Blue Marble from Apollo 17 (Image courtesy NASA Johnson Space Center)
Arun Gupta, at The Indypendent (which seems very eager for life support donations at the moment), in his article, "Hacking the Planet," rounds up the most widely circulated ideas for "geoengineering" our way out of greenhouse gas induced climate change. Of course, all of these solutions would be unmitigated disasters (see article), but they will get traction because they avoid upsetting the corporate-energy balance of power, and the concepts are easy to relate (if you leave out the ugly, complicating details).
If you want real, simple, least-cost solutions, read some stuff from the Rocky Mountain Institute's library, such as: "Four Nuclear Myths: A Commentary on Stewart Brand's Whole Earth Discipline and on Similar Writings"
RMI's credentials are unimpeachable, and they actually use evidence-based science, complete with footnoted references, to arrive at their conclusions. Very refreshing. Especially, after hearing the blather that issues from the halls of Congress, Fox News, and the Heritage Foundation. (You don't get links to those places, you know where to find that noise if you must.)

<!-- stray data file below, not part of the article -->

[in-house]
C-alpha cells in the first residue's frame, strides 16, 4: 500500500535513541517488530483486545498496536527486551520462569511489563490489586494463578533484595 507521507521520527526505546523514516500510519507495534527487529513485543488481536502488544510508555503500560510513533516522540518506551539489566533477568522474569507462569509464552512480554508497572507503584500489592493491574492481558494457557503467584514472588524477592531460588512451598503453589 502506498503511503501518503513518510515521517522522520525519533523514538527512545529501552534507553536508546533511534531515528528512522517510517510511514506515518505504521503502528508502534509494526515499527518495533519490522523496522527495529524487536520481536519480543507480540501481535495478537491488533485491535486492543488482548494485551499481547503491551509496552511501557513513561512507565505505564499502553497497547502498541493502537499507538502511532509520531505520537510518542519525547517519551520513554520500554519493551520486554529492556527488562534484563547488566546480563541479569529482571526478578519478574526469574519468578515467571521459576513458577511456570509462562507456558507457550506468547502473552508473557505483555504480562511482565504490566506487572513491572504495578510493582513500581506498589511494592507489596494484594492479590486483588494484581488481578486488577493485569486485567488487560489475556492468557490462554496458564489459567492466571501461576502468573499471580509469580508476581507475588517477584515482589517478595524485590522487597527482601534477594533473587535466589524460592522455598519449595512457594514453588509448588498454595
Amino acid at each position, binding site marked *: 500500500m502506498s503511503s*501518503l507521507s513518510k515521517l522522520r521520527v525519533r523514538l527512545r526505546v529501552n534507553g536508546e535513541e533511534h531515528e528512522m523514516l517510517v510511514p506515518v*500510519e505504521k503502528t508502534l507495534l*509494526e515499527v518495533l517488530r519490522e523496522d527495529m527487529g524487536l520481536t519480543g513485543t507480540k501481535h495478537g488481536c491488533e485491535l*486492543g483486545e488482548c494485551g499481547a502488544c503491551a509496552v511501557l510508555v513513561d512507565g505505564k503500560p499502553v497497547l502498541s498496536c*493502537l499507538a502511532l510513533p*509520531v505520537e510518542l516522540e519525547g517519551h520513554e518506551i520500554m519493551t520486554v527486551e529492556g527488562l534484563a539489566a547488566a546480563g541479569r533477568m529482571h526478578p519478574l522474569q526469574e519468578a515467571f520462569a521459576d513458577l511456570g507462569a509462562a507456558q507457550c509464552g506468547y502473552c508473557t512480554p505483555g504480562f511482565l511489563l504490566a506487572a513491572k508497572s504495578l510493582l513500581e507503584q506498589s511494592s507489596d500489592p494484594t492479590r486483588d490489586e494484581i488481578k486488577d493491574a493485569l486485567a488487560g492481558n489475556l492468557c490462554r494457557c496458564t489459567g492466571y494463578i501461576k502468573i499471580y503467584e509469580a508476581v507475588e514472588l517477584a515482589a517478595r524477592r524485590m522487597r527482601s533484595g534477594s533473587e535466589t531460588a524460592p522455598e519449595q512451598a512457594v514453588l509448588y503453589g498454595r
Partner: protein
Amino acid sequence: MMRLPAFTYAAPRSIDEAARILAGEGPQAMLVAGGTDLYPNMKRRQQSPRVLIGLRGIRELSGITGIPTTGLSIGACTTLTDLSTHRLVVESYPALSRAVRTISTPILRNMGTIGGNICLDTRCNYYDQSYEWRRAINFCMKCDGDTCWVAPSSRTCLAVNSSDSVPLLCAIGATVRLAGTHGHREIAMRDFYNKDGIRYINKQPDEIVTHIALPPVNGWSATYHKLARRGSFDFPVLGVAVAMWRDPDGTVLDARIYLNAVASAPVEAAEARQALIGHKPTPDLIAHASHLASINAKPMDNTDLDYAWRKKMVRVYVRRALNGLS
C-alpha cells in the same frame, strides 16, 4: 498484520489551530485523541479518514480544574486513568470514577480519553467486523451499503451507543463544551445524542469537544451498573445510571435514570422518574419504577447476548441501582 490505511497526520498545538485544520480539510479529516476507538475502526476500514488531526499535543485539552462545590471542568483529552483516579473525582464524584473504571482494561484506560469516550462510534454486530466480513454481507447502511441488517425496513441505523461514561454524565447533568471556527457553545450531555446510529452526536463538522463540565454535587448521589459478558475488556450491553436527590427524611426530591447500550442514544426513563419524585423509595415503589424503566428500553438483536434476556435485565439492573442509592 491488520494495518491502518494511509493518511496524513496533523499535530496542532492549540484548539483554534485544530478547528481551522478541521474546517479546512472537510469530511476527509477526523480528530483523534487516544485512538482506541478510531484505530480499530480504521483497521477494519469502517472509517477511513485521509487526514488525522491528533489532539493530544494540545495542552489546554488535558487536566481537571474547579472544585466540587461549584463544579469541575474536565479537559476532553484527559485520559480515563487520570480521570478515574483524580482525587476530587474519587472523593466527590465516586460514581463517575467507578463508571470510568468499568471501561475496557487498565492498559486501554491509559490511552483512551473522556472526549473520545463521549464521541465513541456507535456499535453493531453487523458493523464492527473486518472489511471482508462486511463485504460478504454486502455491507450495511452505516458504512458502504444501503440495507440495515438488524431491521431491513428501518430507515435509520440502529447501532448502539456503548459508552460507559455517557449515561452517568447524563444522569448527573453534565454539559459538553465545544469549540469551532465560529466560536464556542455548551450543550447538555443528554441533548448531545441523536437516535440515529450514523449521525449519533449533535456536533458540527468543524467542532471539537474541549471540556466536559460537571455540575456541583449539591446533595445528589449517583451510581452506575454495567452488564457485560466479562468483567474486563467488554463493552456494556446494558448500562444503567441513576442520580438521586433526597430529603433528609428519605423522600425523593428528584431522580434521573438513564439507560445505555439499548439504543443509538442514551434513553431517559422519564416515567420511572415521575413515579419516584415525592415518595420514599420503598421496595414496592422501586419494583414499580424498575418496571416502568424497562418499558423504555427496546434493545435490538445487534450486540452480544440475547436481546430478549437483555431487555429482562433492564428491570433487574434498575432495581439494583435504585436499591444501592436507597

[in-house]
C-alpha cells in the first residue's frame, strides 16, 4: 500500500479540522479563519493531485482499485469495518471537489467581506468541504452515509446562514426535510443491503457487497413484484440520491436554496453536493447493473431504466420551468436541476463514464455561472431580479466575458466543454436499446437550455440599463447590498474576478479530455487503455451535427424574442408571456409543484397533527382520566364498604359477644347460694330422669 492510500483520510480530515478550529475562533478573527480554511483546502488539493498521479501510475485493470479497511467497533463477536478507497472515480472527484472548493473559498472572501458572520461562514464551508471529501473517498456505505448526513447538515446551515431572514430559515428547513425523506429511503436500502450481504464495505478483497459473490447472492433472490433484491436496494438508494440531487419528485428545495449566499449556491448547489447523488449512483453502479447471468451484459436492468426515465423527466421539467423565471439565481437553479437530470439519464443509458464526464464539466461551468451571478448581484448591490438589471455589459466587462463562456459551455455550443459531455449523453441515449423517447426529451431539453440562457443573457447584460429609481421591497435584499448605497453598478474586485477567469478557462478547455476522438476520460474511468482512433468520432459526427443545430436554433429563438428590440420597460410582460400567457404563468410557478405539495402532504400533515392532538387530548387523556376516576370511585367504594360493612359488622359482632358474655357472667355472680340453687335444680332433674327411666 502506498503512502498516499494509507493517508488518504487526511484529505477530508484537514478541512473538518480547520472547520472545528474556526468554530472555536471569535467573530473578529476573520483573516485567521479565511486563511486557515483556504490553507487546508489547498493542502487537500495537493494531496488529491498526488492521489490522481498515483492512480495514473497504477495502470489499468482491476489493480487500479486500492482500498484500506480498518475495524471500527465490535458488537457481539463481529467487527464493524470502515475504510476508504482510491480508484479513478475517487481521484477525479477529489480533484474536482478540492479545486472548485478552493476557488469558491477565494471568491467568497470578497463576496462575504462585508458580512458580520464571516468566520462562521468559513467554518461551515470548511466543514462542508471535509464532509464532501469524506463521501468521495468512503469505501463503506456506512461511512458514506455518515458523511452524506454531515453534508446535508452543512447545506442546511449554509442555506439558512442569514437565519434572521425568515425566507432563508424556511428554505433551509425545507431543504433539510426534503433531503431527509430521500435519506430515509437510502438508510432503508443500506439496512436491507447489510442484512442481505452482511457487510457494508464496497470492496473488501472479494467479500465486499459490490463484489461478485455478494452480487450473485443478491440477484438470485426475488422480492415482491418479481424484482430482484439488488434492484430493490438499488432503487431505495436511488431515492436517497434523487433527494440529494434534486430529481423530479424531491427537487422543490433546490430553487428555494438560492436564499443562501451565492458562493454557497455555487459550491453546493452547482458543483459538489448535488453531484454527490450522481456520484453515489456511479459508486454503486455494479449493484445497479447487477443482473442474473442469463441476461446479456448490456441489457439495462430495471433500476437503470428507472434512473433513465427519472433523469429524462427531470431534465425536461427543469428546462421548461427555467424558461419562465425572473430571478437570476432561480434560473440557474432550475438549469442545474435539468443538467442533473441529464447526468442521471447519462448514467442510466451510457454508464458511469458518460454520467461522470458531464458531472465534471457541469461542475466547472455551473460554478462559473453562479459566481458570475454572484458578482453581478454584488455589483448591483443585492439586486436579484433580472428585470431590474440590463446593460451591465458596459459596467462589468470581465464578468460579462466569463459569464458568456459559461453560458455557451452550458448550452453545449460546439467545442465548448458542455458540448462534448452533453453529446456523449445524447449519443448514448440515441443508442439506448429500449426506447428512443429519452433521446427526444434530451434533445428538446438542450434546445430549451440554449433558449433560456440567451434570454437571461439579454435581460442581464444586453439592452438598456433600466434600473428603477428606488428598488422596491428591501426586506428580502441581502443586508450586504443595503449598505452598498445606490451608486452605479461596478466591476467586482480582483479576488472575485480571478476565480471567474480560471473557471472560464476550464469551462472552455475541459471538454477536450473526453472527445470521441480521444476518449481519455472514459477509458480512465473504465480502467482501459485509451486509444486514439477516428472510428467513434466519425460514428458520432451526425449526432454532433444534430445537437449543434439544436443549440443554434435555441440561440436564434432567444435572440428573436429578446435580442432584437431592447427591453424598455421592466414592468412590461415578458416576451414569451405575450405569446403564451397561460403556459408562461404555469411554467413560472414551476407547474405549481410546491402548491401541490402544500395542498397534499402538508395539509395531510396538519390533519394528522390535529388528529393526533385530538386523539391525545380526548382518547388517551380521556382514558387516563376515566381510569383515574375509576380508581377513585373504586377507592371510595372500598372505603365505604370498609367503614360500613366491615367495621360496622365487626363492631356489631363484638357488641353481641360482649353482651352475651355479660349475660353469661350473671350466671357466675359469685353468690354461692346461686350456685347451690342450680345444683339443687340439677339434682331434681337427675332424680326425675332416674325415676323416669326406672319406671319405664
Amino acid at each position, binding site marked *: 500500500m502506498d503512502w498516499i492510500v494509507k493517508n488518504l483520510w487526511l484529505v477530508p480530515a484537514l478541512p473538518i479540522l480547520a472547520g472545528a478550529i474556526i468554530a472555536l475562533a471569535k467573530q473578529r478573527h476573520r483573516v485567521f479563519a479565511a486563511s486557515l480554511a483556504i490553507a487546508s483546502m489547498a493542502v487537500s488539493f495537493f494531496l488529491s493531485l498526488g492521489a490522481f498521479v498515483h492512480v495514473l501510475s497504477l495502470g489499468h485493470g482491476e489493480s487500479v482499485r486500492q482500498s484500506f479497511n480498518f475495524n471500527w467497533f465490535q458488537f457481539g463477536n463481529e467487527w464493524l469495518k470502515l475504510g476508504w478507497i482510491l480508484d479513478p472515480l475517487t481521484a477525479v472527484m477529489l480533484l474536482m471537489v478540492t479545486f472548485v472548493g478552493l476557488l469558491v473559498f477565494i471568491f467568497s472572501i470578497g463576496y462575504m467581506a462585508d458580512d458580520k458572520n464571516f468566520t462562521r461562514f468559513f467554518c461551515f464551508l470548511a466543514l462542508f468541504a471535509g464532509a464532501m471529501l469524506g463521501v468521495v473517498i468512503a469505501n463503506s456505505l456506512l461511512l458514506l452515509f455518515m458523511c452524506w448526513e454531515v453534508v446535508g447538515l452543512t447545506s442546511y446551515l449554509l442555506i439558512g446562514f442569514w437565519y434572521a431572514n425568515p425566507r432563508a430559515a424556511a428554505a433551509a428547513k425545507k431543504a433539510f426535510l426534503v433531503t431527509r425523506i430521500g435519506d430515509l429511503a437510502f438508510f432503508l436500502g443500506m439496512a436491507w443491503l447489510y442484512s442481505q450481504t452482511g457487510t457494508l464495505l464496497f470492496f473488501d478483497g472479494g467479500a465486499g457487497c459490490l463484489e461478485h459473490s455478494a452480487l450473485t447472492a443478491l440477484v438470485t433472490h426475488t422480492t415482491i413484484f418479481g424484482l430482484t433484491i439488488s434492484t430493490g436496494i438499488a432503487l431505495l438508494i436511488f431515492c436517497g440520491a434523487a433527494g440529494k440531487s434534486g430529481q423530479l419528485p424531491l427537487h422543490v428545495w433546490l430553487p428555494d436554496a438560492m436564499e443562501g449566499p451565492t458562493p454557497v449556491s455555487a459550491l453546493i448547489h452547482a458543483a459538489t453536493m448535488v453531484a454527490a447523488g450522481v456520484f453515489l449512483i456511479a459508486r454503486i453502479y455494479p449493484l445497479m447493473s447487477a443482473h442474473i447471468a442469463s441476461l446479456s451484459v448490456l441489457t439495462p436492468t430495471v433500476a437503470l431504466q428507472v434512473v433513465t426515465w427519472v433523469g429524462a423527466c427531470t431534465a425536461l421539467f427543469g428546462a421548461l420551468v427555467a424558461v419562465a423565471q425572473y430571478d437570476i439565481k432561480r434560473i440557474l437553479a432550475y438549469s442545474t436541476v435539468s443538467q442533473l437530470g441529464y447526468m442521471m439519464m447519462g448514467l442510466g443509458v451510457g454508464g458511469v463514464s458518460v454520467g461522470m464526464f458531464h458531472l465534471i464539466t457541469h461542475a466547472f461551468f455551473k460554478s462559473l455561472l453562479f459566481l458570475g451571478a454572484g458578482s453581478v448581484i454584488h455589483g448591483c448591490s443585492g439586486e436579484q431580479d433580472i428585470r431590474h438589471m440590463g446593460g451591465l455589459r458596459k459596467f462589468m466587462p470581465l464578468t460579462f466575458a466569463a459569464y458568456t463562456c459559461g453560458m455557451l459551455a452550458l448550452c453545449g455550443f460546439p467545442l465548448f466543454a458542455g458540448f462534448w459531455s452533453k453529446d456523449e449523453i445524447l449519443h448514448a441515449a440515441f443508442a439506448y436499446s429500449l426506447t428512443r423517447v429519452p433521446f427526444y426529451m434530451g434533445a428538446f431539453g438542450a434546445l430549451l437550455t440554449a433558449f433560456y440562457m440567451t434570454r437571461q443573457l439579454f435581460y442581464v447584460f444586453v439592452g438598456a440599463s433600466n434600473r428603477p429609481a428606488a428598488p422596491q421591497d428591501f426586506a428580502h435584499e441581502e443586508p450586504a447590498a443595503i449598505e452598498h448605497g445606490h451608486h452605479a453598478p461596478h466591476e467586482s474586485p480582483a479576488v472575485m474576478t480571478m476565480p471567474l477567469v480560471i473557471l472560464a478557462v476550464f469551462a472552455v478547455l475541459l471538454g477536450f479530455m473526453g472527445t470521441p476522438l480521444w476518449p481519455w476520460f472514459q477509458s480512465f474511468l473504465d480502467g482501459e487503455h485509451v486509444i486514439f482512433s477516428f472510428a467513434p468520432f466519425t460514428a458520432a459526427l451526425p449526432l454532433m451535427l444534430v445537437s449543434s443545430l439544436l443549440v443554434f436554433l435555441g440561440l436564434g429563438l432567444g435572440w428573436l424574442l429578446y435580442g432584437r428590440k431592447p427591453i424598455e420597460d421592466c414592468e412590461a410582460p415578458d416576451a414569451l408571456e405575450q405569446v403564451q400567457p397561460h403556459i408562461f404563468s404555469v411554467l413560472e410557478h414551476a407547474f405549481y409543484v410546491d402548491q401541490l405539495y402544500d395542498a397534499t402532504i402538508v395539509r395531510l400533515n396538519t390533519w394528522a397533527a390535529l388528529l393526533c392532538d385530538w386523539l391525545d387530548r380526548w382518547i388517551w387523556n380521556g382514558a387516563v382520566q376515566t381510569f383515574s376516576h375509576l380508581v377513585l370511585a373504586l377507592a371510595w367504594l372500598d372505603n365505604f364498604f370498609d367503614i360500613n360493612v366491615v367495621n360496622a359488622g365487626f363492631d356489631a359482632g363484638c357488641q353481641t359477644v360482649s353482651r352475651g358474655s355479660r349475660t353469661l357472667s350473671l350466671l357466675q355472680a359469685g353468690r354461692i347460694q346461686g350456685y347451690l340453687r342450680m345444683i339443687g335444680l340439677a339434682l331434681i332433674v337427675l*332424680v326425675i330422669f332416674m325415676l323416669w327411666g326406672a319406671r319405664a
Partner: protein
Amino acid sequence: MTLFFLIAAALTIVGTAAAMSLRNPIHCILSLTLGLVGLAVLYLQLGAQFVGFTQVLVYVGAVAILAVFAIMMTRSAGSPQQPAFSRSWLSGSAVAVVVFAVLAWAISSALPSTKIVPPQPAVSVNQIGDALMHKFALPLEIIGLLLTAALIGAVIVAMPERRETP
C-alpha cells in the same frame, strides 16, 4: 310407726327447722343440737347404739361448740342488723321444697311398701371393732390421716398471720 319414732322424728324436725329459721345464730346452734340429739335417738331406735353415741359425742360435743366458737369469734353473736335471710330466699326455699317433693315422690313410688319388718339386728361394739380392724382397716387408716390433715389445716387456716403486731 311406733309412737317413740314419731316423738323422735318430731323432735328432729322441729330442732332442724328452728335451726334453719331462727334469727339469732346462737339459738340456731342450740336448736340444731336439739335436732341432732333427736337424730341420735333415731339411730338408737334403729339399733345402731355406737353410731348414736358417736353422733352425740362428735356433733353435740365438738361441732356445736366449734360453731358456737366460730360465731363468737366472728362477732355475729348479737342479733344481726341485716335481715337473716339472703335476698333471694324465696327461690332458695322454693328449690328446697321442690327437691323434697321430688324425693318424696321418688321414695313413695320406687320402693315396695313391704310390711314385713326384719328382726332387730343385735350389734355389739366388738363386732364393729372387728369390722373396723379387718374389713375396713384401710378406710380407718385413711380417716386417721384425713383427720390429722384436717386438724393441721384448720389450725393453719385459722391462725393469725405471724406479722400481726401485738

The point is, we could prevent (have prevented? past-tense now required?) catastrophic global warming, without detrimentally changing our industrialized life styles (do you care where the electricity comes from if it's cheaper, and the lights stay on?), but we need to take the advice of disinterested parties who offer real solutions derived from proven technology, and ignore big energy industry representatives and snake-oil traders. The best solutions are simple, elegant, cheap, proven, and already profitably used elsewhere. So what's the problem? Maybe it's just too easy, and we're just too cynical. Fatally cynical.